Improving renal graft survival

a characterization of antibodies and complement regulatory proteins

Laura Michielsen

Promoter:
Prof.dr. M.C. (Marianne) Verhaar
Co-promoter:
Dr. A.D. (Arjan) van Zuilen & dr. H.G. (Henny) Otten
Date:
January 24, 2019
Time:
14:30 h

Summary

The most common cause of graft failure in kidney transplant recipients, apart from death with a functioning graft, is antibody-mediated rejection (AMR). The presence of donor-specific HLA antibodies (DSA) is a well-established risk marker for AMR, whereas the relevance of non-donor specific HLA antibodies (nDSA) and non-HLA antibodies is less well understood. In addition, not all patients with DSA experience AMR. One of the potential explanations for this observation is that some allografts may be more capable to protect themselves against antibody-mediated injury by enhanced complement regulatory capacities. A better understanding of the impact of antibodies and complement regulation on rejection and graft loss can help to identify patient groups at increased risk and guide monitoring and immunosuppressive therapy.

We studied the impact of pretransplant DSA and nDSA on graft survival in a paired kidney design. The results confirmed that the presence of pre-transplant DSA in deceased donor transplantations is a risk marker for graft loss, whereas nDSA in general were not associated with a lower graft survival. Given the increased incidence of acute rejection and graft loss in patients with pretransplant DSA, this group probably requires an intensified immunosuppressive therapy compared to patients at immunological low-risk. Covariate adjusted analyses suggested that in immunological low-risk patients excellent long-term graft survival can be achieved irrespective of the type of initial immunosuppressive therapy (cyclosporine or tacrolimus; with or without MMF), despite a higher incidence of acute rejection in the patients treated with a cyclosporine-based regime.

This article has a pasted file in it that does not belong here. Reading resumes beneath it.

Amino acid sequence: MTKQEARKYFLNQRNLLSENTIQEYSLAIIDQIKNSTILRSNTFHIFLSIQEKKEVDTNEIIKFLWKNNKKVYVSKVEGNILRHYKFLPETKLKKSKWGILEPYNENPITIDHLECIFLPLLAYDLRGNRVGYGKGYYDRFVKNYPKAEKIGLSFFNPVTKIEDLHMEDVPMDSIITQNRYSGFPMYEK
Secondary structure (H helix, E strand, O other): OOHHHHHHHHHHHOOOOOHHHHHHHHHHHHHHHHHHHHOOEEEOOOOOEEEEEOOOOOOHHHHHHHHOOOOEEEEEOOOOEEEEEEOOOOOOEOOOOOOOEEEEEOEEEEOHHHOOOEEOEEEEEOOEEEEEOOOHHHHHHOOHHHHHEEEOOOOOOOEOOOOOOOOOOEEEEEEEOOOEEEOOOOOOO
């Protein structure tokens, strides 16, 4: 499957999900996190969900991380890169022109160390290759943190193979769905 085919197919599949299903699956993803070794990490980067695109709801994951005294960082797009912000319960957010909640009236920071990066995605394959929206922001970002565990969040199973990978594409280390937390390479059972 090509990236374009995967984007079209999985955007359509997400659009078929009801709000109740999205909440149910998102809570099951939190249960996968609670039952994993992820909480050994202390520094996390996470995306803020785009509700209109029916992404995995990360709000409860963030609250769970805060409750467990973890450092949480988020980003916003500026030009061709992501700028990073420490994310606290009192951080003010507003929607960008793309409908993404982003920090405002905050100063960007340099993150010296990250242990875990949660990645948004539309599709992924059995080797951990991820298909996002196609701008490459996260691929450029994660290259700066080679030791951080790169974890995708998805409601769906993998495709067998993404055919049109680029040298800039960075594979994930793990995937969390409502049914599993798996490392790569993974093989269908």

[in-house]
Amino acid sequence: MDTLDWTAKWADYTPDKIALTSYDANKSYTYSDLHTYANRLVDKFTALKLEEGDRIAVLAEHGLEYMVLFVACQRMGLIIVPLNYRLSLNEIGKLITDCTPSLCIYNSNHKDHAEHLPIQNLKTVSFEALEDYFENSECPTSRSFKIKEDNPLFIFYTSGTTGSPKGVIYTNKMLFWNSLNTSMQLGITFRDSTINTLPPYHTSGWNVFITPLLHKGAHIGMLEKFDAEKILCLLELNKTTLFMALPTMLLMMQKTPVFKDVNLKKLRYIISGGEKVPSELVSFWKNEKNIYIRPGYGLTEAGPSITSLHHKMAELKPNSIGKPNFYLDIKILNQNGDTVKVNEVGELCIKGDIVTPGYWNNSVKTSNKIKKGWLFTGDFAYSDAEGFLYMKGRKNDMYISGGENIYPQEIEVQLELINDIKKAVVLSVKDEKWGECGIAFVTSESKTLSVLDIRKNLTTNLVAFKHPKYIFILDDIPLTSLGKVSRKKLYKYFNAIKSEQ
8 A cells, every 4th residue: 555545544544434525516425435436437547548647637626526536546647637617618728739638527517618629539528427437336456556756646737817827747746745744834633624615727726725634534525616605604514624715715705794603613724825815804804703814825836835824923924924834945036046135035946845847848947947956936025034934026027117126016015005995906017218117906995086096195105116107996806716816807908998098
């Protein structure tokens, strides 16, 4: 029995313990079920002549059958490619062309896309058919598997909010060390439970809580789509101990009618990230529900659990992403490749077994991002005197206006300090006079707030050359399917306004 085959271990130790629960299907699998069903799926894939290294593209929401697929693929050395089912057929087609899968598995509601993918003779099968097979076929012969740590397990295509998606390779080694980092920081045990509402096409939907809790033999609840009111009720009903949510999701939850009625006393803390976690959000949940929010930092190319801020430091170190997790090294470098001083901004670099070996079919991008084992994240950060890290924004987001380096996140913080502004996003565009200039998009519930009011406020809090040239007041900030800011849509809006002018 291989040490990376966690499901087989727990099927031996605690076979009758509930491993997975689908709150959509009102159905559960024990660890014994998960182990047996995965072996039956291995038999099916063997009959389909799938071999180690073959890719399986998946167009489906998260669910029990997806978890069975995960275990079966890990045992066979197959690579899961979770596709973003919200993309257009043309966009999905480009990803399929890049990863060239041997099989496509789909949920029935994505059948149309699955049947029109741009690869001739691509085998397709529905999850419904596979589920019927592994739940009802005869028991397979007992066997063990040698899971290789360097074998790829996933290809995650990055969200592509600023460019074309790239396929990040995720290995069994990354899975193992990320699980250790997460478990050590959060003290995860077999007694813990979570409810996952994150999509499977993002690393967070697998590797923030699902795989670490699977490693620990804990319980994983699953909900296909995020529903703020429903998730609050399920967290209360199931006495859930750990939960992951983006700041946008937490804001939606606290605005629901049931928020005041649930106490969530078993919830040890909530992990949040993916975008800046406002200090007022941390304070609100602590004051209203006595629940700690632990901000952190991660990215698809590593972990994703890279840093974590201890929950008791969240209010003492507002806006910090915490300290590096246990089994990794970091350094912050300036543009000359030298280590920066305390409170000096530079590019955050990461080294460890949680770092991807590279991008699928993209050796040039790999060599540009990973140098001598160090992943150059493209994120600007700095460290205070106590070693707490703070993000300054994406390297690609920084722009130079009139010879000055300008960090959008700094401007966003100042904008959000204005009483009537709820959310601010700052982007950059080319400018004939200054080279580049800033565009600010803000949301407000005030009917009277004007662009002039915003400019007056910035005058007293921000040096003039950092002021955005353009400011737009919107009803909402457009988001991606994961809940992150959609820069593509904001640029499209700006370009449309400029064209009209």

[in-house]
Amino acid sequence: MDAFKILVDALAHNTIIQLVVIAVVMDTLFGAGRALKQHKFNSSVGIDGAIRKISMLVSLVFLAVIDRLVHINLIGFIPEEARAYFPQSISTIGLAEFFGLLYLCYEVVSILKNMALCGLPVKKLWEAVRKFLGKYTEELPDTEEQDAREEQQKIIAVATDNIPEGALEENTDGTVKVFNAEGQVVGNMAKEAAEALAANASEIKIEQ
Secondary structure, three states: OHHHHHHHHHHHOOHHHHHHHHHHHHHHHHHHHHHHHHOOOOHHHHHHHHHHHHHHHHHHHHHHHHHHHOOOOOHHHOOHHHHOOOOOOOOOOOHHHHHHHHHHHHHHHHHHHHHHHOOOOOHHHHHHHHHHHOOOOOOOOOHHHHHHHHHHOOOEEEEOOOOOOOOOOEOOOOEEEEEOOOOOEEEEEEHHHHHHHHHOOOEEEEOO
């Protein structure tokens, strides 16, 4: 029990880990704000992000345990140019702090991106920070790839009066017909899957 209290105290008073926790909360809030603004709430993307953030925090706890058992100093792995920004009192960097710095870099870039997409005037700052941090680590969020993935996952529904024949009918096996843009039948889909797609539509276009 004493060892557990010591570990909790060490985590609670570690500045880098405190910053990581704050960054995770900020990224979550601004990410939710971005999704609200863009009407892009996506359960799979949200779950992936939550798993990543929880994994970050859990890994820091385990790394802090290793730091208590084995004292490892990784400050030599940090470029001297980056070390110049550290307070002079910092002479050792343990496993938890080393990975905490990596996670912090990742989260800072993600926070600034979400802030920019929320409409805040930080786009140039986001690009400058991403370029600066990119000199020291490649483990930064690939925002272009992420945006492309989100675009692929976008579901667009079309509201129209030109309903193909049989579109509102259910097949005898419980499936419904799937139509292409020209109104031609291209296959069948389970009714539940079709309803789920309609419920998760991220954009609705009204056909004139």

As a protection mechanism against complement activation, donor endothelial cells express complement regulatory proteins (CD46, CD55 and CD59). Genetic polymorphisms may affect protein levels and function. In kidney donors, CD46 and CD59 promoter polymorphisms were associated with 1-year rejection free survival. When combining two polymorphisms in CD46 and CD59, we observed that none of the patients receiving a kidney with both protective genotypes suffered from acute rejection within the first year nor lost their graft within five years. Further studies on complement regulation in this thesis revealed amongst others that the expression of CD59 on leukocytes is reduced posttransplantation, which could result in decreased resistance against complement and enhanced T-cell activation.

Integration of the pretransplant antibody profile, complement polymorphisms, with other traditional and novel risk markers may result in a more complement immunologic risk profile. This risk profile can then be used for personalized immunosuppressive strategies but also posttransplant surveillance to assess immunosuppression adequacy.